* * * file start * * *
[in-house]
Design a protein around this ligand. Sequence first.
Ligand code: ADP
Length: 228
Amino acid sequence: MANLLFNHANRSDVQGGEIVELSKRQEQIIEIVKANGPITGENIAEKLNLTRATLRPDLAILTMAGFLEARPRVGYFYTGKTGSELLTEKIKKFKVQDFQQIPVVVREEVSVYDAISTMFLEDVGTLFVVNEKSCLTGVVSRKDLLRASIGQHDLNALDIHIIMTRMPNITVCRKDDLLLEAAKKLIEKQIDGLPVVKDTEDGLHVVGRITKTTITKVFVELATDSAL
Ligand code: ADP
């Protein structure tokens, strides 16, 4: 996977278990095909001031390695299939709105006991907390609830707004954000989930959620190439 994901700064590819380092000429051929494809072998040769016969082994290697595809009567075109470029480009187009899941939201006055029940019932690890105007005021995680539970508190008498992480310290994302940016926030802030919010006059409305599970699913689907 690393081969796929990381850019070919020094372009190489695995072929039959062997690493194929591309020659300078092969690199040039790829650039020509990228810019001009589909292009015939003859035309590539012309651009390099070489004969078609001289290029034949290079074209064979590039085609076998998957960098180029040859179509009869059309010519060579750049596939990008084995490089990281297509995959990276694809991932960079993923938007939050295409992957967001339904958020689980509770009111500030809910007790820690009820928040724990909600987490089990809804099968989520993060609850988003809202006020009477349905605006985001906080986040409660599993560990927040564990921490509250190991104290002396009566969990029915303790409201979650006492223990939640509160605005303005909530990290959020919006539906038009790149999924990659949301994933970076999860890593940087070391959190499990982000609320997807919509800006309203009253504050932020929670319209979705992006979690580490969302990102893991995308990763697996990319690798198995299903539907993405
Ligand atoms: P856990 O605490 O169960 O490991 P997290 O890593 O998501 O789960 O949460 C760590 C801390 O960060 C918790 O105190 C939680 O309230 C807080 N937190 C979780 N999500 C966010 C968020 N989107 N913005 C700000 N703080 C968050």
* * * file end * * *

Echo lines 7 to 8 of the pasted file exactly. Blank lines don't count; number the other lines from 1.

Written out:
């Protein structure tokens, strides 16, 4: 996977278990095909001031390695299939709105006991907390609830707004954000989930959620190439 994901700064590819380092000429051929494809072998040769016969082994290697595809009567075109470029480009187009899941939201006055029940019932690890105007005021995680539970508190008498992480310290994302940016926030802030919010006059409305599970699913689907 690393081969796929990381850019070919020094372009190489695995072929039959062997690493194929591309020659300078092969690199040039790829650039020509990228810019001009589909292009015939003859035309590539012309651009390099070489004969078609001289290029034949290079074209064979590039085609076998998957960098180029040859179509009869059309010519060579750049596939990008084995490089990281297509995959990276694809991932960079993923938007939050295409992957967001339904958020689980509770009111500030809910007790820690009820928040724990909600987490089990809804099968989520993060609850988003809202006020009477349905605006985001906080986040409660599993560990927040564990921490509250190991104290002396009566969990029915303790409201979650006492223990939640509160605005303005909530990290959020919006539906038009790149999924990659949301994933970076999860890593940087070391959190499990982000609320997807919509800006309203009253504050932020929670319209979705992006979690580490969302990102893991995308990763697996990319690798198995299903539907993405
Ligand atoms: P856990 O605490 O169960 O490991 P997290 O890593 O998501 O789960 O949460 C760590 C801390 O960060 C918790 O105190 C939680 O309230 C807080 N937190 C979780 N999500 C966010 C968020 N989107 N913005 C700000 N703080 C968050």